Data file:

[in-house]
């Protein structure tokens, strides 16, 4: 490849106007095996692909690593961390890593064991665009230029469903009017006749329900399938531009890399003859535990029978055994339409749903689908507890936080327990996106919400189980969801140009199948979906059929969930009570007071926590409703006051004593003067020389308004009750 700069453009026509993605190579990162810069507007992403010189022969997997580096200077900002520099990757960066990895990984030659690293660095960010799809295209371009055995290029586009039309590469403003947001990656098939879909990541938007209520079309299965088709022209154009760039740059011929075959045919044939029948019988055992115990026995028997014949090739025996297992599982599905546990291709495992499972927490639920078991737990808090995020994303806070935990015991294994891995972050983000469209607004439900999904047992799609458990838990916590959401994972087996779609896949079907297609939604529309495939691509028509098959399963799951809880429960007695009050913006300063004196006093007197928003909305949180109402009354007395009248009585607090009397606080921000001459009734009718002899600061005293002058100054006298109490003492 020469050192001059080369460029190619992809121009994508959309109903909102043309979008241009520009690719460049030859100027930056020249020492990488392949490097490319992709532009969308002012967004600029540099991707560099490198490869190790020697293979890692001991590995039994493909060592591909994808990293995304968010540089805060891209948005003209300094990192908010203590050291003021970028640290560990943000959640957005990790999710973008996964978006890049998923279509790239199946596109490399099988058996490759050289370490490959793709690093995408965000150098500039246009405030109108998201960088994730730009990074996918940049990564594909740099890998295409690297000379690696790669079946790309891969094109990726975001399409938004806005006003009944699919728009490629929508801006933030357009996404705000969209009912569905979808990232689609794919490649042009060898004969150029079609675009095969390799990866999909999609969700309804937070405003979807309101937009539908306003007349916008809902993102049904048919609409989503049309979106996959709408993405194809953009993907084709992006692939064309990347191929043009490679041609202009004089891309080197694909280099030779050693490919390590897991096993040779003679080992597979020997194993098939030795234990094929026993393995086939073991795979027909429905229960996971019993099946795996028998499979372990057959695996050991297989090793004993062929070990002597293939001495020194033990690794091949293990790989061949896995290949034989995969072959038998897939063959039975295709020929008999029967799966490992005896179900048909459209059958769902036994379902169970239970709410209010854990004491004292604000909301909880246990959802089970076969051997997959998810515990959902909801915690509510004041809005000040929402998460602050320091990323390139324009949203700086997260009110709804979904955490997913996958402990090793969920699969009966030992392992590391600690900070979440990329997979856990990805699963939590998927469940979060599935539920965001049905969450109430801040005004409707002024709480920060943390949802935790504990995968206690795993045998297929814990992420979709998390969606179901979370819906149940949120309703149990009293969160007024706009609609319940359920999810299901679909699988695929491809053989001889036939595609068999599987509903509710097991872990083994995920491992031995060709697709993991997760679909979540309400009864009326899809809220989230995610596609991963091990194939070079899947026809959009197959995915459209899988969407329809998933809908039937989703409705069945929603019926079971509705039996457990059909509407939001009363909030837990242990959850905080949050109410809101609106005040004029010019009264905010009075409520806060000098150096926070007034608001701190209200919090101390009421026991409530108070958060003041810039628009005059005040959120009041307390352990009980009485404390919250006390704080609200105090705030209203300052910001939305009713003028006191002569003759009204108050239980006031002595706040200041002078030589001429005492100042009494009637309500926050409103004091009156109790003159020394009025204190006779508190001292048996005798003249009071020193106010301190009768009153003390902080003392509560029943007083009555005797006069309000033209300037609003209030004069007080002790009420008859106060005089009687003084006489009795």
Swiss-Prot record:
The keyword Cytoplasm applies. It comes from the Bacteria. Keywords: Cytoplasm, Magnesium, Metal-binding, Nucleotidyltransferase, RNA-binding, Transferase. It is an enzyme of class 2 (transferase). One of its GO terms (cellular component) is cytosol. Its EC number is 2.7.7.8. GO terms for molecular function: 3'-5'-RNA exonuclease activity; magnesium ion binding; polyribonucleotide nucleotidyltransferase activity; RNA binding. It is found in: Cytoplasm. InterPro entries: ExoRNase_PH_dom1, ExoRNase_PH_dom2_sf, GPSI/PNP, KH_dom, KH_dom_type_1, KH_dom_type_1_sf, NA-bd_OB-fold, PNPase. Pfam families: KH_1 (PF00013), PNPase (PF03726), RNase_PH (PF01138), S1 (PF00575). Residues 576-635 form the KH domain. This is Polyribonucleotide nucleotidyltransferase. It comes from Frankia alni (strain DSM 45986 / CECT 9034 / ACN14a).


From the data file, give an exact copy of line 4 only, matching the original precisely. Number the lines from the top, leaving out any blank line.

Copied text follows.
The keyword Cytoplasm applies. It comes from the Bacteria. Keywords: Cytoplasm, Magnesium, Metal-binding, Nucleotidyltransferase, RNA-binding, Transferase. It is an enzyme of class 2 (transferase). One of its GO terms (cellular component) is cytosol. Its EC number is 2.7.7.8. GO terms for molecular function: 3'-5'-RNA exonuclease activity; magnesium ion binding; polyribonucleotide nucleotidyltransferase activity; RNA binding. It is found in: Cytoplasm. InterPro entries: ExoRNase_PH_dom1, ExoRNase_PH_dom2_sf, GPSI/PNP, KH_dom, KH_dom_type_1, KH_dom_type_1_sf, NA-bd_OB-fold, PNPase. Pfam families: KH_1 (PF00013), PNPase (PF03726), RNase_PH (PF01138), S1 (PF00575). Residues 576-635 form the KH domain. This is Polyribonucleotide nucleotidyltransferase. It comes from Frankia alni (strain DSM 45986 / CECT 9034 / ACN14a).